Gen. Dodge was to start early that morning (Sunday) in pursuit, and had no doubt of overtaking them in the course of the day. Their object is to cross the Wisconsin, at what is called the Ford, and go down on the right bank, to the Mississippi. The force of "Gen. Black Hawk" was reported to amount to about three hundred; and Parquett is of the opinion that it was nearly all of Black Hawk's army. The force under Gen. Dodge being about 900 men, with but six days' provisions, he has sent to Gen. Atkinson to request that all the mounted men under his command might join him, which will probably put an end to the war in a short time.
The Sacs and Foxes are in a starving condition, many of them being found dead on their trail, and at their camp perfectly emanciated.
Gen. Atkinson is reported to be somewhere on Rock River, and engaged in building a fort. Capt. P. says it is probable company A. will be ordered home in a short time."

Ohio Star, The (Ravenna, Ohio)
October 4, 1832
The Indian War Over
Black Hawk and The Prophet Taken
Copy of a letter to the Editor, dated U.S. Indian A. at Prairie Du Chien, 3d September, 1832
P.P. Blair, Esq:
Dear Sir. The Indian War is over. The celebrated leaders of the hostile Indians, Black Hawk and the Prophet, were delivered to me at this place on the 27th ult. by the Winnebago's of my Agency. The day after Generals Scott and Atkinson left this place, I sent out two parties of Winnebago's to bring Black Hawk, the Prophet, and Niapope to me. They returned on the 27th ult., about ten or eleven o'clock and delivered the two first. The same day I turned them over to Col. Taylor, commanding Fort Crawford, and expect to accompany them with a military escort to the Head Quarters of Gen. Scott, at Rock Island, in a day or two.
I am now waiting the return of an express sent up the Mississippi, by which I expect to receive about 50 or 60 more prisoners, taken by the Indians. There are now 48 in the Fort, delivered to me by the Winnebago's of my Agency, and I have previously delivered to General Atkinson 43 prisoners, taken by the Winnebago's and Menomonee. The moment the hostile Indians entered the limits of my Agency, by crossing the Wisconsin, with the aid of the Commanding Officer at this fort, I assembled the Indians of my Agency, and encamped them before my door, where they remained until the battle of the Mississippi, and the rout of the hostile Indians.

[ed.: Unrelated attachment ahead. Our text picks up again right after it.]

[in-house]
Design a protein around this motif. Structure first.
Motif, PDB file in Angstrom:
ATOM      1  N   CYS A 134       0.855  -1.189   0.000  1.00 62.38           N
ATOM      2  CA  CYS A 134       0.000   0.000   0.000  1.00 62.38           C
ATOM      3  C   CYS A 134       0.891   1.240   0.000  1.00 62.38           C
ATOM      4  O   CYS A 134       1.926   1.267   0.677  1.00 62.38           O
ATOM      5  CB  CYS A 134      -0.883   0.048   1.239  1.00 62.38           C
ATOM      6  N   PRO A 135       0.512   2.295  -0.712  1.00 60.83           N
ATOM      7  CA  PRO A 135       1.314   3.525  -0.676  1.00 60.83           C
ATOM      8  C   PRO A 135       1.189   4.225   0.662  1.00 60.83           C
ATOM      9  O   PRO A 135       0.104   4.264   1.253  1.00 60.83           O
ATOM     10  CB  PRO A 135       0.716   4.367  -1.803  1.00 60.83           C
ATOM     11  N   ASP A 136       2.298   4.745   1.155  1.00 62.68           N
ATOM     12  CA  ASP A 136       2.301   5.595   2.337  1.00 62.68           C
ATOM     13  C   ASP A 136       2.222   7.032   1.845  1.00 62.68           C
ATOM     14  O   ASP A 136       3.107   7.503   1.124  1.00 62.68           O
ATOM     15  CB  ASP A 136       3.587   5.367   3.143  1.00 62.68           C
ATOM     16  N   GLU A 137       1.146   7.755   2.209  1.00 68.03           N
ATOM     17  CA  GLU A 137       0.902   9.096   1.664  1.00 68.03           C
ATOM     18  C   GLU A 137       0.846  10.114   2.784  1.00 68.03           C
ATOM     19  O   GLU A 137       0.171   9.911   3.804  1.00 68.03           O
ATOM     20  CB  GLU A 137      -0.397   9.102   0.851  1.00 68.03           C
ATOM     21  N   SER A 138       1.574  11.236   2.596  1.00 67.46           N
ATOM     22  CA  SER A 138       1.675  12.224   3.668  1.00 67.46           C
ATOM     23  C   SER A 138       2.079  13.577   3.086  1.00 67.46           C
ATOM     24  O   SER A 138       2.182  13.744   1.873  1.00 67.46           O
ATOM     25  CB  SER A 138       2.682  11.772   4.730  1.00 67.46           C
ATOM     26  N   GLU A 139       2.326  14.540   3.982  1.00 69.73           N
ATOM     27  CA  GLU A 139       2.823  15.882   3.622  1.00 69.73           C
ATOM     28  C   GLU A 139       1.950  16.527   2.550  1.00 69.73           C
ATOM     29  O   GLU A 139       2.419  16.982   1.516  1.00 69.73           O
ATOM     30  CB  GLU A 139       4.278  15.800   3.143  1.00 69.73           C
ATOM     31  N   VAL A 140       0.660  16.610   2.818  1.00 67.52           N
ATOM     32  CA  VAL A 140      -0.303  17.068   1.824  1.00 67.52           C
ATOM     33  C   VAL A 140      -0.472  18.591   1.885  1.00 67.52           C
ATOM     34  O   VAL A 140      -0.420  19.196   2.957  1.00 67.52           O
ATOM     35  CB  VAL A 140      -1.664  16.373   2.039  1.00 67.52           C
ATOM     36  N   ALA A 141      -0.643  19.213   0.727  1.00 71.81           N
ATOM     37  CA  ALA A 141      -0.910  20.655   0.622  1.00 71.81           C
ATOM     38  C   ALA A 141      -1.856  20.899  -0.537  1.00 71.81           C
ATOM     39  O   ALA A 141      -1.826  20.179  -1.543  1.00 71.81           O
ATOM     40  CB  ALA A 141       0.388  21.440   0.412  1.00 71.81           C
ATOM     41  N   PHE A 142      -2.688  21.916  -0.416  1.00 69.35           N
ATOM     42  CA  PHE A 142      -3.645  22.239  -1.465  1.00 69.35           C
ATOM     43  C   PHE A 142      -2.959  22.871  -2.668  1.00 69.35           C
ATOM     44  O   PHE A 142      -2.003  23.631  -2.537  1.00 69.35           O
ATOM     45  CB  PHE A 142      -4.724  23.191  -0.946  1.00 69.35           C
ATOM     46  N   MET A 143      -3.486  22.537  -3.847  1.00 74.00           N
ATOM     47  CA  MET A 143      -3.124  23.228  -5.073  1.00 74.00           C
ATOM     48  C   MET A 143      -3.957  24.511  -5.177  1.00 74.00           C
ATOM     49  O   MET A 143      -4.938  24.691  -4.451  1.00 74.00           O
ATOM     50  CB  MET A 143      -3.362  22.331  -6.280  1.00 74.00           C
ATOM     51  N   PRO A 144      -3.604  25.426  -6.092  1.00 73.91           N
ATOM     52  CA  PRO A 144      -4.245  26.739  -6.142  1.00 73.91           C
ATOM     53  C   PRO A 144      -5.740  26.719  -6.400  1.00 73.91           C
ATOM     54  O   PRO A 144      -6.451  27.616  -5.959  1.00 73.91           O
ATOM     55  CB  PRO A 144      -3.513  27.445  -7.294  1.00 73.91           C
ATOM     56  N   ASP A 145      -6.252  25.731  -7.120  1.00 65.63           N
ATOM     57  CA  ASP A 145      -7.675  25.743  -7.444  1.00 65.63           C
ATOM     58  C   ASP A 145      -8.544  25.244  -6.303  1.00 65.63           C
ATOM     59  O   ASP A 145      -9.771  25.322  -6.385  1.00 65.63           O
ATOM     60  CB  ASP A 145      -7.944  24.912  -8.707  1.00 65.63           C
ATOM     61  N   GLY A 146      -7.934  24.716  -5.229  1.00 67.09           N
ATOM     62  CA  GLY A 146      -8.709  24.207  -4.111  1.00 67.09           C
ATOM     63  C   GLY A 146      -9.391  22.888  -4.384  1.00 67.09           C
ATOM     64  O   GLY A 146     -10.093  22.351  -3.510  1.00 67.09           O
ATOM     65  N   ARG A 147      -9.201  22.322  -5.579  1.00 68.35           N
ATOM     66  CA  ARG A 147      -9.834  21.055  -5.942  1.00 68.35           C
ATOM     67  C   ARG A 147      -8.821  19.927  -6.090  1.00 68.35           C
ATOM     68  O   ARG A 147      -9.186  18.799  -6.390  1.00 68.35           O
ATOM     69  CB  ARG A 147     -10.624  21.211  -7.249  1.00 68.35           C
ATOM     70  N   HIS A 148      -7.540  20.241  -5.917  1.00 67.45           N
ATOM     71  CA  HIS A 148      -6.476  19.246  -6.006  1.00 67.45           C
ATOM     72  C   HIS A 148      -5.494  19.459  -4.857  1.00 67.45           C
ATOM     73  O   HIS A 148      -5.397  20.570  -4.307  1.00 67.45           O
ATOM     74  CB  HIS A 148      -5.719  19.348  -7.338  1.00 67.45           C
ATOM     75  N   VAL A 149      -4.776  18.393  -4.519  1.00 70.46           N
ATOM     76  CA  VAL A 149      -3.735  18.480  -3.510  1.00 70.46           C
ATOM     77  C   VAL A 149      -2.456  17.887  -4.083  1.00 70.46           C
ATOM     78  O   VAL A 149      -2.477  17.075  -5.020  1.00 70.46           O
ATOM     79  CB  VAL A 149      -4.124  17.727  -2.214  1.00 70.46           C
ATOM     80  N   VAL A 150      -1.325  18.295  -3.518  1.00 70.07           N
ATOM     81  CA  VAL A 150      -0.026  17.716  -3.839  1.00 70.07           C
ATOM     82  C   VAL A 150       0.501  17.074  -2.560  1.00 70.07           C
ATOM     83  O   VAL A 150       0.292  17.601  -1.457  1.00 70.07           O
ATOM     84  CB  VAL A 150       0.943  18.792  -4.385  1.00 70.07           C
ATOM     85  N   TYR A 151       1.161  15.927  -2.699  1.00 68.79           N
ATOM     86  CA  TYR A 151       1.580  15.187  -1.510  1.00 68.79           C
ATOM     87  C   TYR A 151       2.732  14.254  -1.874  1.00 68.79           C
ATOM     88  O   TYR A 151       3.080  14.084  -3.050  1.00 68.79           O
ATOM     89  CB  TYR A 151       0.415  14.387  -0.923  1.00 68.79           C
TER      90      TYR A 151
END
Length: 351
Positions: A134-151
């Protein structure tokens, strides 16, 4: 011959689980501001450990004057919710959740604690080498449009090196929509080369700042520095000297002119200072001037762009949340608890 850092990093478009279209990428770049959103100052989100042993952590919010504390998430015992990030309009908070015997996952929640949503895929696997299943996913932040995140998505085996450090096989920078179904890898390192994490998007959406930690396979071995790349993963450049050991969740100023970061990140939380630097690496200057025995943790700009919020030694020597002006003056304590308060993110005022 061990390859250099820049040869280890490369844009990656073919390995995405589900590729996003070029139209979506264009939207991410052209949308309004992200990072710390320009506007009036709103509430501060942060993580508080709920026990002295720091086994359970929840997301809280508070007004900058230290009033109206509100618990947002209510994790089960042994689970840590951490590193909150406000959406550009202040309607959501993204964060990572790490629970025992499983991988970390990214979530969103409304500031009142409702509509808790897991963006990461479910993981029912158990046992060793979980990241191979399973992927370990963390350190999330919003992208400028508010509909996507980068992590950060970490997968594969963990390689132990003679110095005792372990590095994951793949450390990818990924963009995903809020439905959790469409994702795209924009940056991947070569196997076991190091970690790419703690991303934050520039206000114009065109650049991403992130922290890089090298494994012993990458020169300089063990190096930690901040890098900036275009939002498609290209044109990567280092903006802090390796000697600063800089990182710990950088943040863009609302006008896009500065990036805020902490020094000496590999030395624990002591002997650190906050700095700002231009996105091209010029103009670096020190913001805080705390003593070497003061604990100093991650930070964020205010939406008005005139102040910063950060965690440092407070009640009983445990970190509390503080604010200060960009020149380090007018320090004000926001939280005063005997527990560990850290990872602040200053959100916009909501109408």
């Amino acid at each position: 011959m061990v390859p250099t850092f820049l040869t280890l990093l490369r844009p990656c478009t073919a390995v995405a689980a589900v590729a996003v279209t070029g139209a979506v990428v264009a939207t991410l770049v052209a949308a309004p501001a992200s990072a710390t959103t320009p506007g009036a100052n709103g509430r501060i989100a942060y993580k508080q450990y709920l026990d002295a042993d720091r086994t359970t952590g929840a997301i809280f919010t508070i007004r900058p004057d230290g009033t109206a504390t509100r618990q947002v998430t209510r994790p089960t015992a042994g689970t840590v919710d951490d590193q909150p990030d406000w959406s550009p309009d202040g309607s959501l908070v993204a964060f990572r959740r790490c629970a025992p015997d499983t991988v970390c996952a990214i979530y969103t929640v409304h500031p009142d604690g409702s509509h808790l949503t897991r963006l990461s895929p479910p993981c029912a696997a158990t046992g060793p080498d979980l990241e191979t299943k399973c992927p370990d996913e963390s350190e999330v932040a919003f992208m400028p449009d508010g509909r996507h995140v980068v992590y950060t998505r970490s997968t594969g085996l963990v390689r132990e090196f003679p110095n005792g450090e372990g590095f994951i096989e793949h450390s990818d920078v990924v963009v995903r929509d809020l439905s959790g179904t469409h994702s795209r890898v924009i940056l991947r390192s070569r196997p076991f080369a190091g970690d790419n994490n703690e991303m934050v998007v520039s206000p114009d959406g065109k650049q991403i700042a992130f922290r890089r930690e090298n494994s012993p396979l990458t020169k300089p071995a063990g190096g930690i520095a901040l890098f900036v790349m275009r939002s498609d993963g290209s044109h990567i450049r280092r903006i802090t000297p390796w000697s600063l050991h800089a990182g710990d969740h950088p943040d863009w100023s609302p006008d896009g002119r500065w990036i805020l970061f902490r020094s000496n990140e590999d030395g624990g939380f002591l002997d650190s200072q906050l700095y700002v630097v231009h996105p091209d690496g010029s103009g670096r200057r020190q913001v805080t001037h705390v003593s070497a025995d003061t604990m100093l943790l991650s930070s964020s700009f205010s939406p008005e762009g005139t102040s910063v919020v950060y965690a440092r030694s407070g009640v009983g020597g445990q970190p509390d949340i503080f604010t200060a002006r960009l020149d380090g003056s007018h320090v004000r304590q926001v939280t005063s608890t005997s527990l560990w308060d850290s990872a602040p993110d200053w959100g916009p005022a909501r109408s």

I herewith cover to you an account of the delivery of Black Hawk and the Prophet to me.
Your most obedient servant,
Jos. M. Street,

Ohio Star, The (Ravenna, Ohio)
October 4, 1832
Prairie Du Chien
27th August 1832
At 11 o'clock today, Black hawk and the Prophet were delivered to Gen. Joseph M. Street, by the One-eyed Deconi and Chaetar, Winebagos, belonging to his Agency. Many of the officers from the Fort were present. It was a moment of much interest. The prisoners appeared in a full dress of white-tanned deer-skins. Soon after they were seated, the One-eyed Deconi rose up, and said:
My Father - I now stand before you: When we parted I told you I would return soon; but I could not come any sooner. We have had to go a great distance, (to the Dale on the Wisconsin -above the Portage.) You see we have done what you sent us to do; these are the two that you told us to get - (pointing to Black hawk and the Prophet.)
My Father - We have done what you told us to do. We always do what you tell us, because we know it is for our good.
My Father - You told us to get these men, and it would be the cause of much good to the Winnebago's. We have brought them; but it has been very hard for us to do so. That our Mucatanish-ka-kaek.q* was a great way off. You told us to bring them to you alive; we have done so. If you had told us to bring their heads alone, we would have done so, and it would have been less difficult than what we have done.